Data Reshaping in R
As noted in Chapter 11, manipulating the data takes a great deal of effort before serious analysis can begin. In this chapter we will consider when the data needs to be rearranged from column oriented to row oriented (or the opposite) and when the data are in multiple, separate sets and need to be combined into one.
There are base functions to accomplish these tasks but we will focus on those in plyr, reshape2 and data.table.
12.1. cbind and rbind
The simplest case is when we have two datasets with either identical columns (both the number of and names) or the same number of rows. In this case, either rbind or cbind work great.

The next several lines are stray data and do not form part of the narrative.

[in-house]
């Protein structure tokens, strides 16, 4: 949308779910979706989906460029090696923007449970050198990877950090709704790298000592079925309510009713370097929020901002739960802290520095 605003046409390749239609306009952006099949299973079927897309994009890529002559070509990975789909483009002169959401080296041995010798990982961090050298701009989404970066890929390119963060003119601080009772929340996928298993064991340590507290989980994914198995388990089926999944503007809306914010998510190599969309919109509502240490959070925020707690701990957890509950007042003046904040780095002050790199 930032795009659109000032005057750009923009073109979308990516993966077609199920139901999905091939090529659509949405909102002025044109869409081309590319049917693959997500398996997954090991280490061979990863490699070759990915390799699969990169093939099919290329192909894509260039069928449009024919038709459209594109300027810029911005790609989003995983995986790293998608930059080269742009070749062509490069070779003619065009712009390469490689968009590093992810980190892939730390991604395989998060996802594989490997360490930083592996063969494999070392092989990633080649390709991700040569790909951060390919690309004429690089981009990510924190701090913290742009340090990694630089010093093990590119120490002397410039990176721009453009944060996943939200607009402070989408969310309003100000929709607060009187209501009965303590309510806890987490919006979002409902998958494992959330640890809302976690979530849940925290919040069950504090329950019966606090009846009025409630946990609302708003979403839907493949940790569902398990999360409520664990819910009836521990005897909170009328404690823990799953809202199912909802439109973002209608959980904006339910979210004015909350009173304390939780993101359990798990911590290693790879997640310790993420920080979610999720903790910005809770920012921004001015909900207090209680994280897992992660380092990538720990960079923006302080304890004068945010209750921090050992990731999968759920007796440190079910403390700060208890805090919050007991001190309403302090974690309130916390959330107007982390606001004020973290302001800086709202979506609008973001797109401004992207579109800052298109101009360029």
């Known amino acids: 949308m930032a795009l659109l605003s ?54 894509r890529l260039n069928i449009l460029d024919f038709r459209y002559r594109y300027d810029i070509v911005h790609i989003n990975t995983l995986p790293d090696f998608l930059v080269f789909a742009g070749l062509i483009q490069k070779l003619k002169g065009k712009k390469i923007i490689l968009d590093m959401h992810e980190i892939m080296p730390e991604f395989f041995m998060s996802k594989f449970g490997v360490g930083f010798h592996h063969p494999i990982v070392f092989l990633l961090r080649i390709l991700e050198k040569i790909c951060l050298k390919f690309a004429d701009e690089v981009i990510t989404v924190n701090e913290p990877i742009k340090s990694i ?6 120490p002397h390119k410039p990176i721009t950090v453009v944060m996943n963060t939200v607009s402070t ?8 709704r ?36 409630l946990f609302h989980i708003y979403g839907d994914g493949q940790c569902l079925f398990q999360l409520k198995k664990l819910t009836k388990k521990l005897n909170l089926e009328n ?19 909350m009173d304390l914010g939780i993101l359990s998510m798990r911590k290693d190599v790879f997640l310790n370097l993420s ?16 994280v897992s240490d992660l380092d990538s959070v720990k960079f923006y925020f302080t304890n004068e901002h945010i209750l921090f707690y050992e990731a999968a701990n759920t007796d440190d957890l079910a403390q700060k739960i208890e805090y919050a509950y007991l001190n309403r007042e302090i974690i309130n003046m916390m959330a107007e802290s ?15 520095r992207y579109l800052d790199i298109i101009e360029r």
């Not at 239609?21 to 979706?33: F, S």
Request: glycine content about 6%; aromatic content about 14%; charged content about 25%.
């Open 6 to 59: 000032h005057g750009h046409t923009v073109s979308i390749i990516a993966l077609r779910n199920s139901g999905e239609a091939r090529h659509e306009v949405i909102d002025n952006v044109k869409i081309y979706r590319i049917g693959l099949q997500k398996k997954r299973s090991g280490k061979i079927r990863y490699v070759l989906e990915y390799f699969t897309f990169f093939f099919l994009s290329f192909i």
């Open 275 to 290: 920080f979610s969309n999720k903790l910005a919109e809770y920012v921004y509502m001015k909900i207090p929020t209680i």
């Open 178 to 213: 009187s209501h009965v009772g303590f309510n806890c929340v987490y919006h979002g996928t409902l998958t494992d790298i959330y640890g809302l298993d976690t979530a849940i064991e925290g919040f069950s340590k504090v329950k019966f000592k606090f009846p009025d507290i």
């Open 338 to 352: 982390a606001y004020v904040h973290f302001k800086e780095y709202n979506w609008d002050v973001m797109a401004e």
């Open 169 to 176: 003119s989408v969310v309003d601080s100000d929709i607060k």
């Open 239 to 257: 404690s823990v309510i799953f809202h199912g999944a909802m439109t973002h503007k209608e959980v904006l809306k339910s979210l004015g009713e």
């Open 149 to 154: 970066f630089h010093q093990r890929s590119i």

As a first trivial example, we create two simple data.frames by combining a few vectors with cbind, and then stack them using rbind.
# make two vectors and combine them as columns in a data.frame> sport <-
"Football") > league <-
"NFL") > trophy <-
s Trophy", +
"Vince Lombardi Trophy") > trophies1 <-
cbind(sport, league, trophy) >
# make another data.frame using data.frame()> trophies2 <-
"Golf"), + league=
"PGA"), + trophy=
Brien Championship Trophy", +
"Wanamaker Trophy"), + stringsAsFactors=FALSE) >
# combine them into one data.frame with rbind> trophies <-
Both cbind and rbind can take multiple arguments to combine an arbitrary number of objects. Note that it is possible to assign new column names to vectors in cbind.
cbind(Sport = sport, Association = league, Prize = trophy) Sport Association Prize [1,] "Hockey" "NHL" "Stanley Cup" [2,] "Baseball" "MLB" "Commissioner's Trophy" [3,] "Football" "NFL" "Vince Lombardi Trophy"